More Euro-Mediterranean film cooperation, says European Parliament


More Euro-Mediterranean film cooperation, says European Parliament

A European Parliament report on cinema in the digital era has called for better cooperation with countries of the South Mediterranean, sparking hopes among the sector’s professionals of more European support for creative cinema from the region.

The report, yet to be reviewed by the European Commission, “proposes better cooperation and interaction with third countries aimed at raising the profile of European productions on the world market, and particularly in the Mediterranean area, promoting cultural exchanges and launching new initiatives in support of ... Euro-Mediterranean dialogue and ... democratic development of the whole region, not least in view of the commitments arising from the Euro-Mediterranean Conference on Cinema,” held in Athens in 2008 between ministers of culture from the Euro-Mediterranean.

“I think it will be a great action,” said Jad Abi-Khalil, from DocMed, a Euromed Audiovisuel III programme to train documentary producers across the Arab Mediterranean. “What we really need is Euromed Audiovisual again and again to support countries in the Arab Mediterranean. If we talk about liberty of expression and creative cinema that can talk to the EU, then Arab countries are not supported enough in the Arab world. In all Mediterranean Arab countries, there are not enough funds to support culture in general and cinema in particular... Almost all films are co-produced with European countries, and this is very important.”

The Lebanese producer stressed that Arab film is very important for Europe to understand what is happening in the Arab world, the mentality, culture, and religion.

Beyond increased cooperation with the Mediterranean, the report that he commented on mainly focused on cinema inside the European Union, also called on EU member states and the Commission to financially support the full digitisation of EU cinemas as quickly as possible, to improve European film circulation in a competitive global audiovisual sector. It especially urged the Commission to support small cinemas to go digital, as they typically preserve European cultural heritage by showing more European films but do not have the budget for this expensive change.

Of the 30,000 screens in the EU, most of which are in small cinemas with just one or two screens, over 21, 000 still didn’t have digital projectors in 2010, according to data from the European Audiovisual Observatory.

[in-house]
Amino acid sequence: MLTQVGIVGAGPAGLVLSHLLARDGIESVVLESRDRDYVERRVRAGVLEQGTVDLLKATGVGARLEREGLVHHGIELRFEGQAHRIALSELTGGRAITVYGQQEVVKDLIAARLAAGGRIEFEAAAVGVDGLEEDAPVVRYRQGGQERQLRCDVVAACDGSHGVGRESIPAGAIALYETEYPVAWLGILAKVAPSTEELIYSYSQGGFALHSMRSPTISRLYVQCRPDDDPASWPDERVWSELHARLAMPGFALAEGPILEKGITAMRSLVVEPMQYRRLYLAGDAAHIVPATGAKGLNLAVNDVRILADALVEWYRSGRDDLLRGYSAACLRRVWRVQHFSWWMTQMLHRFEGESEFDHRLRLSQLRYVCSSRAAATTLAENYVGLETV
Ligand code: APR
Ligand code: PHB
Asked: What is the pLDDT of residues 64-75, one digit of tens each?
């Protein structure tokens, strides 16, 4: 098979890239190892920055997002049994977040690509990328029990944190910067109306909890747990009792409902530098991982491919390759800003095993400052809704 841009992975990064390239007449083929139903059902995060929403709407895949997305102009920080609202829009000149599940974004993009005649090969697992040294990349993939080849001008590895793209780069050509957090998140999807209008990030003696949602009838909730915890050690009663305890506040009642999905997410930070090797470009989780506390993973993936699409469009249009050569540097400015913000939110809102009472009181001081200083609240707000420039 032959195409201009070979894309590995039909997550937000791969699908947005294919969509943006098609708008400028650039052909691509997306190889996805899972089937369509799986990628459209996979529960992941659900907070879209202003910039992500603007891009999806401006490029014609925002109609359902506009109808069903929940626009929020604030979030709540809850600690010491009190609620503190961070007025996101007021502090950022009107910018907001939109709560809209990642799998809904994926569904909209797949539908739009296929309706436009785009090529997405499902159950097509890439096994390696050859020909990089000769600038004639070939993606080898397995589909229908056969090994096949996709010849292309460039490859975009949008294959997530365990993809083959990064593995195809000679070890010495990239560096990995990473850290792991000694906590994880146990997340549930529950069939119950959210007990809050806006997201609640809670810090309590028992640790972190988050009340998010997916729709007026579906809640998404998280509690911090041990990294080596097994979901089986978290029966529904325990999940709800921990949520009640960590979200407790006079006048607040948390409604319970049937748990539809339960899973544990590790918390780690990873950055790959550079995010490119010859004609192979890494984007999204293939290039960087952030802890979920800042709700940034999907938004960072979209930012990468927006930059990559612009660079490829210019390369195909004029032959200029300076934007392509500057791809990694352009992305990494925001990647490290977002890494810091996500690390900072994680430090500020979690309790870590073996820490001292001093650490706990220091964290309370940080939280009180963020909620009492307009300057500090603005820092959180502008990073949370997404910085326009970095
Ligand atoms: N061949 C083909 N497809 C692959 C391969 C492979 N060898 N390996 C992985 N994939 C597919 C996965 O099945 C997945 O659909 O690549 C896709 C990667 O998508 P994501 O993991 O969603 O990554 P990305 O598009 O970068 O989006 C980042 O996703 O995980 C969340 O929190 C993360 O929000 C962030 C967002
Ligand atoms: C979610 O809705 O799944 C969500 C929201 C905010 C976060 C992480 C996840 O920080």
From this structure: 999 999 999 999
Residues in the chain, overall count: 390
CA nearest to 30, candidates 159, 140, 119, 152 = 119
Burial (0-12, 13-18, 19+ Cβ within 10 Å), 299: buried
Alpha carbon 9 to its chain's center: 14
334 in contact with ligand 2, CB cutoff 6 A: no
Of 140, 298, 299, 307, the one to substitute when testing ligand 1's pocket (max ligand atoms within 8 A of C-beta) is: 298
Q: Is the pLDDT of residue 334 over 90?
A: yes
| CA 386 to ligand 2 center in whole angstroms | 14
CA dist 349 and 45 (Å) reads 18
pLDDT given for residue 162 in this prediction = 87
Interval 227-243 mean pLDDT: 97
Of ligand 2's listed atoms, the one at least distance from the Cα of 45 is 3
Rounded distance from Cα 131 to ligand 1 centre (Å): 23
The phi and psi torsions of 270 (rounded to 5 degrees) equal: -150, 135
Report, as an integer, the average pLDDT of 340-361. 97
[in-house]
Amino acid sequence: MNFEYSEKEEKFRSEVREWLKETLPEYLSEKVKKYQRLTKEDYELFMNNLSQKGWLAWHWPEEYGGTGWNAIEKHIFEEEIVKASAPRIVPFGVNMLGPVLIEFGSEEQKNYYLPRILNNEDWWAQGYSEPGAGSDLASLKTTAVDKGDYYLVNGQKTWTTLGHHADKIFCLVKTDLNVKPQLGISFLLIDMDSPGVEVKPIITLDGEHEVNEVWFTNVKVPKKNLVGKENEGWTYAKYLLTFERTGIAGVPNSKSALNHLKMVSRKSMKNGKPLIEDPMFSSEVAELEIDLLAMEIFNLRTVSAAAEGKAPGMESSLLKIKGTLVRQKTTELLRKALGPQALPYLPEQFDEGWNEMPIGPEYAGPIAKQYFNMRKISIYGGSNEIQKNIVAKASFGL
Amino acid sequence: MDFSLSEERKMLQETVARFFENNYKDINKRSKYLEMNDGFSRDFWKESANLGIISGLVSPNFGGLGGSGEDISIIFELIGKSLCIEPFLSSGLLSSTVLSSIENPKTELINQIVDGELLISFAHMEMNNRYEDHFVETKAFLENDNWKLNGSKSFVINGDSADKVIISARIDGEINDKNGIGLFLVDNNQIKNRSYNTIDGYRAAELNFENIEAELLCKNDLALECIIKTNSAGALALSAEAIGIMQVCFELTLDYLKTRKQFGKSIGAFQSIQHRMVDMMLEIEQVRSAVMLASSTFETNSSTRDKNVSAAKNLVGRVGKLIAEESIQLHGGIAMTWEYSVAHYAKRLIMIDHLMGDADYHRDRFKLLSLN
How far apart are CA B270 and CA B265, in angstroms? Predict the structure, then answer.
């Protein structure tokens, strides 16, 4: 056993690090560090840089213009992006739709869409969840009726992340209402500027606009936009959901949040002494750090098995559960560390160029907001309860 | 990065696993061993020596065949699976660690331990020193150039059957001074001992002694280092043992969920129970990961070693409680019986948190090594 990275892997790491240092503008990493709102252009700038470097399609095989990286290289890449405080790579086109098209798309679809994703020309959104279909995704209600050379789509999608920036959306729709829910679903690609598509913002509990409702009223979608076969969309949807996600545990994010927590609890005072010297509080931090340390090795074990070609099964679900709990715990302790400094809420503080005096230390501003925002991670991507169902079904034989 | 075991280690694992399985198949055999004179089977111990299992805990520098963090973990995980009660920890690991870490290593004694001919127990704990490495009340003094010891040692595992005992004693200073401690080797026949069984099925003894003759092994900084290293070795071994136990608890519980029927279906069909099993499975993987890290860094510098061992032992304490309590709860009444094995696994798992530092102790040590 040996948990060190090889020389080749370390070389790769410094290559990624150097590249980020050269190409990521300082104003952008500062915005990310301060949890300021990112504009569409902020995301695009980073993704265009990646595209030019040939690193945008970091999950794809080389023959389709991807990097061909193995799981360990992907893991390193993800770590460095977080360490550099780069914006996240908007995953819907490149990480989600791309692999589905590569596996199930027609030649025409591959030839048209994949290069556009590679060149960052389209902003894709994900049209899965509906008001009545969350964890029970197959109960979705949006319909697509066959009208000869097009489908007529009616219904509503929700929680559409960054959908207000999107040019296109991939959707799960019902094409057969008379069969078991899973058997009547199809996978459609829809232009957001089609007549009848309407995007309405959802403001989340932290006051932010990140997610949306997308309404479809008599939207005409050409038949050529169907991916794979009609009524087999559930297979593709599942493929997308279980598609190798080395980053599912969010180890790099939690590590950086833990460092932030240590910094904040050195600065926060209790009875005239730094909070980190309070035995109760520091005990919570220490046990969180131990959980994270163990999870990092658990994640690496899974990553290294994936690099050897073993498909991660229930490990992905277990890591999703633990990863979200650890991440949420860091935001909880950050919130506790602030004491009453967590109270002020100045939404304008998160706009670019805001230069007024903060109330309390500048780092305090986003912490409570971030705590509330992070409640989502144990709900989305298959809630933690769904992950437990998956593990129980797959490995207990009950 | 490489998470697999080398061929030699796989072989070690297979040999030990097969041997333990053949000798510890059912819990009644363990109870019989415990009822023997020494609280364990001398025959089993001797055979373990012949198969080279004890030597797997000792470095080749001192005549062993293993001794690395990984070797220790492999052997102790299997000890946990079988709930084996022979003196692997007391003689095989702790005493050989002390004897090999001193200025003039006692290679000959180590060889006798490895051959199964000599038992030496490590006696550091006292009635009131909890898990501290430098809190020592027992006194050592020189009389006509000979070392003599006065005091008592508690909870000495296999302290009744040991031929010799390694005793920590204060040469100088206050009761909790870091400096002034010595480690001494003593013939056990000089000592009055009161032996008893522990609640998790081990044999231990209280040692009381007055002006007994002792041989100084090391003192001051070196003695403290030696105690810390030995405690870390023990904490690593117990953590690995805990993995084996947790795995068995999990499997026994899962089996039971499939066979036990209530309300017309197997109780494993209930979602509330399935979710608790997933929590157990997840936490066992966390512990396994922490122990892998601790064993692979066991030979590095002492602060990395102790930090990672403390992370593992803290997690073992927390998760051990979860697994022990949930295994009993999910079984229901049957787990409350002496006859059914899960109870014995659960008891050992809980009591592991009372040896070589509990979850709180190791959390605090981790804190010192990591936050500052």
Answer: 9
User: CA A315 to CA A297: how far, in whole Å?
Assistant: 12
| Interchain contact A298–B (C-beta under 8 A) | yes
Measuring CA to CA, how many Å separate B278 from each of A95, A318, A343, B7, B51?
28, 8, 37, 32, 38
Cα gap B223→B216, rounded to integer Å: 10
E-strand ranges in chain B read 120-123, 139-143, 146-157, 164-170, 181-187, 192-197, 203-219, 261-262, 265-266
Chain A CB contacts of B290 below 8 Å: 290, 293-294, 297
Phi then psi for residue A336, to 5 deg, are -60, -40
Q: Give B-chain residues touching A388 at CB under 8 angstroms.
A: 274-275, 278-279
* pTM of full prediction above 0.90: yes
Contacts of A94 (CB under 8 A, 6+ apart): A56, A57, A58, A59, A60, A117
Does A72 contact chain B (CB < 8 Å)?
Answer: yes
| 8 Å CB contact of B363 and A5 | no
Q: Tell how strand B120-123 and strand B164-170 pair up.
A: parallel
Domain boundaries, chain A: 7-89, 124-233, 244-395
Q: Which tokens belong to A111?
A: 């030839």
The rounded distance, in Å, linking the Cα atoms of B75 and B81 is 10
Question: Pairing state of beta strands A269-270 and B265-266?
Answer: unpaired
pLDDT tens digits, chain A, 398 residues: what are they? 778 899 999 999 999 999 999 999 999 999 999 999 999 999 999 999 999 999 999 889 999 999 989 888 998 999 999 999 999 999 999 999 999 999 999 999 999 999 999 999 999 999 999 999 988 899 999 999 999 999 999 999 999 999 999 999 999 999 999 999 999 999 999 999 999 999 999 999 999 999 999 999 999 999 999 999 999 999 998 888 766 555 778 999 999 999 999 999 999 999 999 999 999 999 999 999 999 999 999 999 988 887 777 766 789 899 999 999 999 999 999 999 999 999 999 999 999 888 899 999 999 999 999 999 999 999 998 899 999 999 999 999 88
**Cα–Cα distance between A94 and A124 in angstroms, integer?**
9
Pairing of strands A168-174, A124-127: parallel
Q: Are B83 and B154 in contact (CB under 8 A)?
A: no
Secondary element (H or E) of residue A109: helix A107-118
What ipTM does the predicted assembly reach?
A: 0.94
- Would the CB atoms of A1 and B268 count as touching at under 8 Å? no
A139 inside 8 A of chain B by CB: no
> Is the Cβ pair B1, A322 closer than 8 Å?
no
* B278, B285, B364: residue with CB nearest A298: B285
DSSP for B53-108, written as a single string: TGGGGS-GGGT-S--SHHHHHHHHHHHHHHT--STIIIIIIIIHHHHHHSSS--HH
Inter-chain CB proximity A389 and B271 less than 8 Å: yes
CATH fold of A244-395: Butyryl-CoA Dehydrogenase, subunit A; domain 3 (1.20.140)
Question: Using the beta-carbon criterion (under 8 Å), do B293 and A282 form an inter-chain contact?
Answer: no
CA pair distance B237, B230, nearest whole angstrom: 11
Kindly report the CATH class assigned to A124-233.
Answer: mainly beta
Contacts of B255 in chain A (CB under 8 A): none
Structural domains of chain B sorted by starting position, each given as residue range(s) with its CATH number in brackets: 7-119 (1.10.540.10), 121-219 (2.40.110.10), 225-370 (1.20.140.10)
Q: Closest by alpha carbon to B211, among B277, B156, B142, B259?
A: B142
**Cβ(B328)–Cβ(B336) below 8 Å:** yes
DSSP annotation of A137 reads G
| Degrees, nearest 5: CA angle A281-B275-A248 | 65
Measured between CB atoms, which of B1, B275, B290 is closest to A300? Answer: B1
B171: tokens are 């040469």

The European Parliament report also recommended ISO standardisation in production, distribution, and film screening in the EU, and suggested pan-European licensing to encourage online European film distribution, notably through Video On Demand (VOD). It urged EU members states to properly enforce intellectual property rights to avoid copyright fraud and illegal downloading.

One billion cinema tickets were sold in the EU in 2010 with European films accounting for 27 per cent of the market and European cinema as it provides more than 30 000 jobs, according the European Parliament document. In 2010, there were 1,203 films made in Europe, compared with 754 in the United States. But audiences were uneven across the continent, with 16,102 people per screen in the Western Europe compared with 40,750 in Central and Eastern Europe.

In the Southern Mediterranean, such figures will be collected as part of a new project recently launched by the Euromed Audiovisual Programme III with the European Audiovisual Observatory to collect data about the cinema and audiovisual sectors in Algeria, Egypt, Israel, Jordan, Lebanon, Morocco, Syria, the Palestine, and Tunisia.

In Egypt however, a country with the most cinemas in the region, 85 million people have less than 300 cinemas, according to Egyptian director and producer Karim Gamal El Din, and financing in the audiovisual sector especially goes to television. “We will probably have 17 films in 2011, much less than the 98 films produced in 1989, our most recent best year, and a far cry from the era in which Egypt was Arab cinema,” he told cineeuropa.org last week in Tunis.

It is left to see whether more support from the European Union and cooperation with the European audiovisual field, in Egypt and the rest of the South Mediterranean, will contribute to changing this.

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